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Crown’s tall order

09 Jun 2016

Crown’s tall order Image

The controversial Queensbridge Tower proposal is back on the Planning Minister’s table, with an application to build what would become Australia’s tallest building.

The joint $1.5 venture between Crown Resorts and Schiavello Group is proposing a whopping 323-metre, 90-storey tower, which would eclipse both Q1 on the Gold Coast and nearby Australia 108, which is currently under construction.

While the proposal would normally be assessed under the State Government’s C262 interim planning controls, the applicants are applying for an exemption on the basis that it would qualify as a project of state significance.

It comes as the first major test of Minister for Planning Richard Wynne’s tenure, with the proposal exceeding nearly every planning control in the book, from height and setback to tower separation and plot ratio.

While possessing a whopping 57:1 plot ratio, which is well over the interim limit of 24:1, Crown has requested a waiver by promising to upgrade Queensbridge Square as a means of delivering community benefit.

Also the subject of much scrutiny is the developer’s proposed air-walk bridge, which would create a walkway over Queensbridge St connecting the tower to the existing Crown complex.

Member for Albert Park Martin Foley has previously described the idea as “a bridge too far” and said that it needed to be ruled out entirely.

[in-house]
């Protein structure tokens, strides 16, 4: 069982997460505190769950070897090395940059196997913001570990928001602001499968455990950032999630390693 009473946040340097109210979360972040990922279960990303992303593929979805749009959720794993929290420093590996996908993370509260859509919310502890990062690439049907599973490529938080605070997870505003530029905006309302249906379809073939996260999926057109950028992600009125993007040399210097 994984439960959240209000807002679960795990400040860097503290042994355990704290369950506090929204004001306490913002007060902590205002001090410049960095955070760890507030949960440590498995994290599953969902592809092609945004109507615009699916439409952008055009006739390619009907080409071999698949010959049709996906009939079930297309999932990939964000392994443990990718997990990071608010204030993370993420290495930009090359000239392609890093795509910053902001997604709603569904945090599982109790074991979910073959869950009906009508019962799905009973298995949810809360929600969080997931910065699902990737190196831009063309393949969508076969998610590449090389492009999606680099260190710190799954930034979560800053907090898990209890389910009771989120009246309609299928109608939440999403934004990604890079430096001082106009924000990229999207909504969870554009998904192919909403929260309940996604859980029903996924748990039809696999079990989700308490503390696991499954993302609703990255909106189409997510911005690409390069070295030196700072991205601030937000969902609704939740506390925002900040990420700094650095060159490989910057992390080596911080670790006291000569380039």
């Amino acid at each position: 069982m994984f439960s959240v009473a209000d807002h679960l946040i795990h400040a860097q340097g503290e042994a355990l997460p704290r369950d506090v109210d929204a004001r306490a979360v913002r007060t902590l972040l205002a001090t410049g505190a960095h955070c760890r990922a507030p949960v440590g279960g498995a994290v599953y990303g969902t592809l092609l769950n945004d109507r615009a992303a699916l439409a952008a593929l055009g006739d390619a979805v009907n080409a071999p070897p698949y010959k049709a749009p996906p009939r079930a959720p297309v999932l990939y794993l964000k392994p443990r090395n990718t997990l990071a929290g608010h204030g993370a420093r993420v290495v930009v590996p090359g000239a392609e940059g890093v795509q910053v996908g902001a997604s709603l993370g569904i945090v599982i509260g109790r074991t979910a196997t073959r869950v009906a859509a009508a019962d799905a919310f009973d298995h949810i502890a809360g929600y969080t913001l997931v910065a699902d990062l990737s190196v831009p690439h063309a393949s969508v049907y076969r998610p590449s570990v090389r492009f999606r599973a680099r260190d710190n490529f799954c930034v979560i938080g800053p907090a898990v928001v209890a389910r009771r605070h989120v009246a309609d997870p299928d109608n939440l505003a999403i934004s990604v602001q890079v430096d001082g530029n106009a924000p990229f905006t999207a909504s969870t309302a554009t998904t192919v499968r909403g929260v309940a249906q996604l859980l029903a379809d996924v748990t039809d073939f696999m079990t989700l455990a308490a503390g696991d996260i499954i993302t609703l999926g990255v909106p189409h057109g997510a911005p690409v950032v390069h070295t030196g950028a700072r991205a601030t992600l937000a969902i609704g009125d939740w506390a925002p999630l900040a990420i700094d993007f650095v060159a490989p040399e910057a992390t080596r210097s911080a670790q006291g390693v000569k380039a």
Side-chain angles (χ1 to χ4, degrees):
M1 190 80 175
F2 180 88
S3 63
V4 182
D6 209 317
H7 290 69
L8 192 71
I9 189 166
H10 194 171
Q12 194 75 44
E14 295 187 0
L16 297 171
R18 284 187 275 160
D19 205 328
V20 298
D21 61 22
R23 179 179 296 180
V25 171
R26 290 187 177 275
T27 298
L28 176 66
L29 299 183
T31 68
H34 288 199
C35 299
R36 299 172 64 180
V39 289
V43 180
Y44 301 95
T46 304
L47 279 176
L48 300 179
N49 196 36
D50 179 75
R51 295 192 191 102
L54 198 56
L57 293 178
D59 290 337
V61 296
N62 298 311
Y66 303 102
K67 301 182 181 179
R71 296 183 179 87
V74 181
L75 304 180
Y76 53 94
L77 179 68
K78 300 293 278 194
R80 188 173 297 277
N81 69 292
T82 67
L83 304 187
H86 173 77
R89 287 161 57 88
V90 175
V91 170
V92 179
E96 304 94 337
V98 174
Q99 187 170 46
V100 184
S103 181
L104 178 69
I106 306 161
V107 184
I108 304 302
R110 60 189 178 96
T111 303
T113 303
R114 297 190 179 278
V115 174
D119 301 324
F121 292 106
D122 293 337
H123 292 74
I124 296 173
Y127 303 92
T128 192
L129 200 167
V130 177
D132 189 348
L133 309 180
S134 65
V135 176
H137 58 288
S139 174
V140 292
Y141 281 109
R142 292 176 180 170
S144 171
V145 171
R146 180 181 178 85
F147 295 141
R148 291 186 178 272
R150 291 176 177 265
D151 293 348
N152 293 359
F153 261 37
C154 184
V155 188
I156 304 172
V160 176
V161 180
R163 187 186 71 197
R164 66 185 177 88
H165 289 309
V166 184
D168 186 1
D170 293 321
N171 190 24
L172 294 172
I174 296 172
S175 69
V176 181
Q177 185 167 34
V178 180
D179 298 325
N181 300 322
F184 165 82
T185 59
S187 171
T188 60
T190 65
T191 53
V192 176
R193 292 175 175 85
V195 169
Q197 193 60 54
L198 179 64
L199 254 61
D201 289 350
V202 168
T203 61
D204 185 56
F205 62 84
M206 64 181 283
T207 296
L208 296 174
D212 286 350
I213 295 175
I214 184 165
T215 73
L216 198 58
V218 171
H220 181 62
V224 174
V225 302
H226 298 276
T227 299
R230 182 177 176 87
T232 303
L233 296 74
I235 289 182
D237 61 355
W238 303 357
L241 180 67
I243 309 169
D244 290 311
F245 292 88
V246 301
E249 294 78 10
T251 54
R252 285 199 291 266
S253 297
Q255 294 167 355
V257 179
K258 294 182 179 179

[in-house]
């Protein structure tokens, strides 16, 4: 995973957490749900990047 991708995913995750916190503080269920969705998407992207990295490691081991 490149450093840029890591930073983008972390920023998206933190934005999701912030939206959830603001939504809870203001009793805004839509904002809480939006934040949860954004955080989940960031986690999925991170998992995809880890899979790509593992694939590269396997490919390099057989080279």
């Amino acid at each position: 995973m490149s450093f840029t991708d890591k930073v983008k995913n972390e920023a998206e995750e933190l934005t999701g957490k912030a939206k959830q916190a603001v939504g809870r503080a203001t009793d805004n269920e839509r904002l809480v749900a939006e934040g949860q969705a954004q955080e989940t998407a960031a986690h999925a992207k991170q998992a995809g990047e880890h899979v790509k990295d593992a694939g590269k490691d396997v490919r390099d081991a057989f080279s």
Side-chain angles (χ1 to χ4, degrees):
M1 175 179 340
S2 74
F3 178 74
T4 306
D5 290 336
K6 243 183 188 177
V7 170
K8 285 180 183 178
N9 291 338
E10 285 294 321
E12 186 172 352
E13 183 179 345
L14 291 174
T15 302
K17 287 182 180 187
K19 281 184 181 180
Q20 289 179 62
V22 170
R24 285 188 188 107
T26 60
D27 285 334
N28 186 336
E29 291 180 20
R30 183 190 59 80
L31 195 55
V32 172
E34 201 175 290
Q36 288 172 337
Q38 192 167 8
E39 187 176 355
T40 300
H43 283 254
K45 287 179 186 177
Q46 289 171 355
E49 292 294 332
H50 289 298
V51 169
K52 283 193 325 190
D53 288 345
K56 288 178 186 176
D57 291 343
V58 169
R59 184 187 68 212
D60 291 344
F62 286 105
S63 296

The owners’ corporation (OC) at neighbouring Freshwater Place has sought a tower separation of a minimum 20 metres from the developers since news of Crown’s original plans for the site first broke some years ago.

Freshwater Place OC chair Peter Renner said that the latest proposal wasn’t even close to meeting its requests, and that redeveloping Queensbridge Square was not sufficient public benefit in exchange for what was being proposed.

“We are disapointed that the developer has sought leave to bypass the minister’s existing planning regime by suggesting that the application is of state significance,” he said.

“The appiclation ‘supersizes’ the previous application for the property and we fail to see the public benefit that is offered for the relaxation of height, separation, setbacks and plot ratio.”

“Issues raised by the Department of Environment, Land, Water and Planning of the previous application have been completely ignored on the basis that this development is too significant.”

Mr Renner said that he would be meeting with Martin Foley and Richard Wynne soon to express residents’ concerns with the application.

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